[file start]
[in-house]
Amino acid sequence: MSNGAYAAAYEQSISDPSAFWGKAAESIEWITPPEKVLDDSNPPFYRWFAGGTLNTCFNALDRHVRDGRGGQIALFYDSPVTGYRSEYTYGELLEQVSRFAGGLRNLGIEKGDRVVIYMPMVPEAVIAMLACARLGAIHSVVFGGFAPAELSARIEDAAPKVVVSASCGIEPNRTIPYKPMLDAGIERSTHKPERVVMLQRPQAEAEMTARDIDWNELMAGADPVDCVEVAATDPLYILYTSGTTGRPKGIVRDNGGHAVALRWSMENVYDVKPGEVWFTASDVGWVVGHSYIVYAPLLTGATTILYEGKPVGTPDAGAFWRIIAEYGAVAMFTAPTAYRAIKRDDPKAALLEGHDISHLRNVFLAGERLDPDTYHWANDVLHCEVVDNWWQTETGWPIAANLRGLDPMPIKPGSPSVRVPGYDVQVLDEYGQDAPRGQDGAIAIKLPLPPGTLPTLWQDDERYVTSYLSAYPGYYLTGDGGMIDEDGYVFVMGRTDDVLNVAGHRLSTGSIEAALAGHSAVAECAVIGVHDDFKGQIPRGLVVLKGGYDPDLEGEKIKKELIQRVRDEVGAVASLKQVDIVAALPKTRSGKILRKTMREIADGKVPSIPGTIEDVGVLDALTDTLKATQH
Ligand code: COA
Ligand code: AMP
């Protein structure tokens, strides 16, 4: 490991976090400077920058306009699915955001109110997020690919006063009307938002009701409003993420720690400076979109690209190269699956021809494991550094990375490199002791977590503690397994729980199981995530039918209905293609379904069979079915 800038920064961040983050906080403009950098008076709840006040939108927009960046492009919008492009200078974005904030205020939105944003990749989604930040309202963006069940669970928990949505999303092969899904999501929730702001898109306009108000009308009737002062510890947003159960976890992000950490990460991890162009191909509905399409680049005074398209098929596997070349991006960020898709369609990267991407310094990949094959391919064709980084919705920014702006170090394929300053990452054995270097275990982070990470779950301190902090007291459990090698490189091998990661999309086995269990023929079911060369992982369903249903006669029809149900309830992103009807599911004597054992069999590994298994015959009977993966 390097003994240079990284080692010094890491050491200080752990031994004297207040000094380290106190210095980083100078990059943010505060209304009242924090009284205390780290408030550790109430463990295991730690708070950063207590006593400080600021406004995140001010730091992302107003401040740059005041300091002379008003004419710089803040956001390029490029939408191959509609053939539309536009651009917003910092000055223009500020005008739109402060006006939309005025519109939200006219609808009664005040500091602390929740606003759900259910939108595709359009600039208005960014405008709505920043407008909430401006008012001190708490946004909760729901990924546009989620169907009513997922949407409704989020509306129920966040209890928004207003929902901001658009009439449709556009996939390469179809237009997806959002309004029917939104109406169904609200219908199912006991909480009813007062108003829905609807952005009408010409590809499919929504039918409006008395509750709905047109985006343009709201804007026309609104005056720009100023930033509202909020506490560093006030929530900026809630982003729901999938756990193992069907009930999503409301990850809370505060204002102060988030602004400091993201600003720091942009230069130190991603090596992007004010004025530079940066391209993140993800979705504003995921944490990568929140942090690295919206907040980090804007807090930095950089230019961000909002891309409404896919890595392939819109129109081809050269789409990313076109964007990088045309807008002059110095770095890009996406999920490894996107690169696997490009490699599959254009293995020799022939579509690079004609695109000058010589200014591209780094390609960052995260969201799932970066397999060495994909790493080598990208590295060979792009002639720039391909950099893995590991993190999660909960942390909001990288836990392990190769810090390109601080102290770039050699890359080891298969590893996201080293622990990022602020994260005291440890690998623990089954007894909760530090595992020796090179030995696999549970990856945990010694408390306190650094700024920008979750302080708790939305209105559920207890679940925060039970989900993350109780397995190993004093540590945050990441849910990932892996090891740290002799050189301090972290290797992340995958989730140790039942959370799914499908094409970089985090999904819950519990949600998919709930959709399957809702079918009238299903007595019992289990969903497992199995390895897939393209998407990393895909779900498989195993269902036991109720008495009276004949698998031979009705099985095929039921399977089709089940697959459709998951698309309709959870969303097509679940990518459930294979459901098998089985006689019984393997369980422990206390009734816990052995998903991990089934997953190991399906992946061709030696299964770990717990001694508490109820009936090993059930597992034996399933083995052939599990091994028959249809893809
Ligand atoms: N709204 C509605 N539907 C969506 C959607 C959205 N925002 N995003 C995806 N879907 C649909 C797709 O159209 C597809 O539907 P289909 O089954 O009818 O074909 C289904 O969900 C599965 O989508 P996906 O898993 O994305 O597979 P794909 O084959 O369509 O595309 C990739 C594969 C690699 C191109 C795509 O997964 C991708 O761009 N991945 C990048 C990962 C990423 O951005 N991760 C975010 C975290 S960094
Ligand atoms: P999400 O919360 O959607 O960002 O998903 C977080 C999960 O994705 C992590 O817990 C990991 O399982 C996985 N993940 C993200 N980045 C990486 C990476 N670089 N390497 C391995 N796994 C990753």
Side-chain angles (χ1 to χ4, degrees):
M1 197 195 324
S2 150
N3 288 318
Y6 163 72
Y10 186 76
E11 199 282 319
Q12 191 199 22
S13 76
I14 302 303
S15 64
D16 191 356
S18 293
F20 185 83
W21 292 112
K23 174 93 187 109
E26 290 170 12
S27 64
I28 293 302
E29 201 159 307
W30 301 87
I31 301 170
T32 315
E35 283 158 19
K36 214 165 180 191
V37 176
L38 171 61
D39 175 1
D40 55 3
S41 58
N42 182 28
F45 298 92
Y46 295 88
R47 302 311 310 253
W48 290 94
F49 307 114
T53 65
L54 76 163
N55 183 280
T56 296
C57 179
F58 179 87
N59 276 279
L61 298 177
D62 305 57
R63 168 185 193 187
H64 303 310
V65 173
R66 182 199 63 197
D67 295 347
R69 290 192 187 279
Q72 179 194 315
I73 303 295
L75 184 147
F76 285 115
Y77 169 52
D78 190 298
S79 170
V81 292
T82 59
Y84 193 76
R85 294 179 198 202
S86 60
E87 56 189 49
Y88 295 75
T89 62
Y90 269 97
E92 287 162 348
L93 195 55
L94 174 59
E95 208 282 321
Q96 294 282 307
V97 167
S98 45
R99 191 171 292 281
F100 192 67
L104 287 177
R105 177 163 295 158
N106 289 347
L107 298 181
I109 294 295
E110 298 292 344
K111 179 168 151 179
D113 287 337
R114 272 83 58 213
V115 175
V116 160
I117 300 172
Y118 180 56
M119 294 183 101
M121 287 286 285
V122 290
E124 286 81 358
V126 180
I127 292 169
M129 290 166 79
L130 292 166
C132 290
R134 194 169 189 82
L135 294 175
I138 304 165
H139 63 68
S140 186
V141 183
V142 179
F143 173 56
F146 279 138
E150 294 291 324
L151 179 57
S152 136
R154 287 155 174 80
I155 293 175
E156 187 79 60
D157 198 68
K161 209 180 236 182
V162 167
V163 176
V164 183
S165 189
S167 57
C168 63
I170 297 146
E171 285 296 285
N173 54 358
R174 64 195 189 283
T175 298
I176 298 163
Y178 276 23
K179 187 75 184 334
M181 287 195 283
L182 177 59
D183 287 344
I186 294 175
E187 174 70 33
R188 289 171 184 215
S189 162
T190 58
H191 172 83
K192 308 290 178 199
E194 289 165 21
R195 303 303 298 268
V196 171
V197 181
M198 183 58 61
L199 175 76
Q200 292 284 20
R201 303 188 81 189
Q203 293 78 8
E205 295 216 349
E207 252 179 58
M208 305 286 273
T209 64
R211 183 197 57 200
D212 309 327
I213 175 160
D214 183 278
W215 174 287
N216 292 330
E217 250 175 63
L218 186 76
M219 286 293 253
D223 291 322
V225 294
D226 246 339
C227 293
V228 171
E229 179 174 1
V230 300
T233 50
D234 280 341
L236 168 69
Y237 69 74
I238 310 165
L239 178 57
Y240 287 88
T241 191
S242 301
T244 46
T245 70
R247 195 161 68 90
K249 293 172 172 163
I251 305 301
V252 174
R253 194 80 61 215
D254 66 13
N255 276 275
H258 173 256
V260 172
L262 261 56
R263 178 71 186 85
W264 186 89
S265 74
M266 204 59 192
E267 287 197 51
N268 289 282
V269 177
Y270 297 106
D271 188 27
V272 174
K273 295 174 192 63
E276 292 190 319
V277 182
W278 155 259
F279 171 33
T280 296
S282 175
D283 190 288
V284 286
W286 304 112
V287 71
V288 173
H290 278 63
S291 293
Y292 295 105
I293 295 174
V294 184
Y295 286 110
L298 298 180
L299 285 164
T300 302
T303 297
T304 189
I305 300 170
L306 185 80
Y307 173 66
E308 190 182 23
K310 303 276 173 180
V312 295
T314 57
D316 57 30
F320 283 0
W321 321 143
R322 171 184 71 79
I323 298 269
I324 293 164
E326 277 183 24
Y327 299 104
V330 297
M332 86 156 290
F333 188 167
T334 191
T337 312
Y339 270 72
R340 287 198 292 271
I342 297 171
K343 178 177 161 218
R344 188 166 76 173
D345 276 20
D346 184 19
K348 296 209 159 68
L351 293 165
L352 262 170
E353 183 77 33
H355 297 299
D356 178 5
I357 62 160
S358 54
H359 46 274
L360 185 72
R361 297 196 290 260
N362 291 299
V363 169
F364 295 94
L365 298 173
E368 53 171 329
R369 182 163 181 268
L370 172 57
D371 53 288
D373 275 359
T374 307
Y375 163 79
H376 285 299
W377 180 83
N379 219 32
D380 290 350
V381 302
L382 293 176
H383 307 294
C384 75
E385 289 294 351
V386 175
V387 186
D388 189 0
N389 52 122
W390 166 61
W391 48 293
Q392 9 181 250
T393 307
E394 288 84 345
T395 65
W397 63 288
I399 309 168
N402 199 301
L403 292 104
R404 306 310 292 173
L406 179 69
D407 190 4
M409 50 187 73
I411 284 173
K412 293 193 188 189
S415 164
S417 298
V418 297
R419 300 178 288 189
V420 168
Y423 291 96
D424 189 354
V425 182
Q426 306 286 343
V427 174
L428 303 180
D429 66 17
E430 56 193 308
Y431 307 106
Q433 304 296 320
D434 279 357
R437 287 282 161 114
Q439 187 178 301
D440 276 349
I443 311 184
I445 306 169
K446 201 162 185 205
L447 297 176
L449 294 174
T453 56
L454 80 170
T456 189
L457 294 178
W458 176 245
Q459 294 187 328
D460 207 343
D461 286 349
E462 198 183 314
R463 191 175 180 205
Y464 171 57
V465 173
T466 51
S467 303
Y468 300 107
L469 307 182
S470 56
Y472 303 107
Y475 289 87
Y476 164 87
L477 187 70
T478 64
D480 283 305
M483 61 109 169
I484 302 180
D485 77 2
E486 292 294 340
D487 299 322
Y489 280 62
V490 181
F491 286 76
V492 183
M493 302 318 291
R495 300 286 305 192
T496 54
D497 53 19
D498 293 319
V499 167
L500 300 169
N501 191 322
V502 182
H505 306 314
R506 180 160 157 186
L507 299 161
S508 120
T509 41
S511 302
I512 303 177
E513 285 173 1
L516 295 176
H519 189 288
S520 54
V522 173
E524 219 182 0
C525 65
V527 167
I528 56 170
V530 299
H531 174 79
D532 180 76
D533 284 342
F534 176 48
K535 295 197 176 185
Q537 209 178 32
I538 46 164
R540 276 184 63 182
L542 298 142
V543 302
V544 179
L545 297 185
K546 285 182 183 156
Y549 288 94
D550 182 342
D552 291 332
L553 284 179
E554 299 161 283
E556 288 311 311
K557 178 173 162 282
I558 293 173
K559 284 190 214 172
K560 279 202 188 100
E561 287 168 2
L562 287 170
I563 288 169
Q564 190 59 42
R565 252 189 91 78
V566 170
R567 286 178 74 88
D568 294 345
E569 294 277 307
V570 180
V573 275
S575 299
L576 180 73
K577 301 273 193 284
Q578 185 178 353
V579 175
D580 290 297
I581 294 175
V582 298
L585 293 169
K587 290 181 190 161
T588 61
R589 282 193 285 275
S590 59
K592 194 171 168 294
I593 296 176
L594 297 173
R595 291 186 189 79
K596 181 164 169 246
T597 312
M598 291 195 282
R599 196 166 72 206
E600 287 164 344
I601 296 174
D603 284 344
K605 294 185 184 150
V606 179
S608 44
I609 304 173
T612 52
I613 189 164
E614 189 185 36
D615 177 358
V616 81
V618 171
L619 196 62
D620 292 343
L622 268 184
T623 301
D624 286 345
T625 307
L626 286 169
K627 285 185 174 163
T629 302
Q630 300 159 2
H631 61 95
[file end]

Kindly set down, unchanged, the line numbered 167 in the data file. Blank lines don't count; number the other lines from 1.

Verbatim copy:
L218 186 76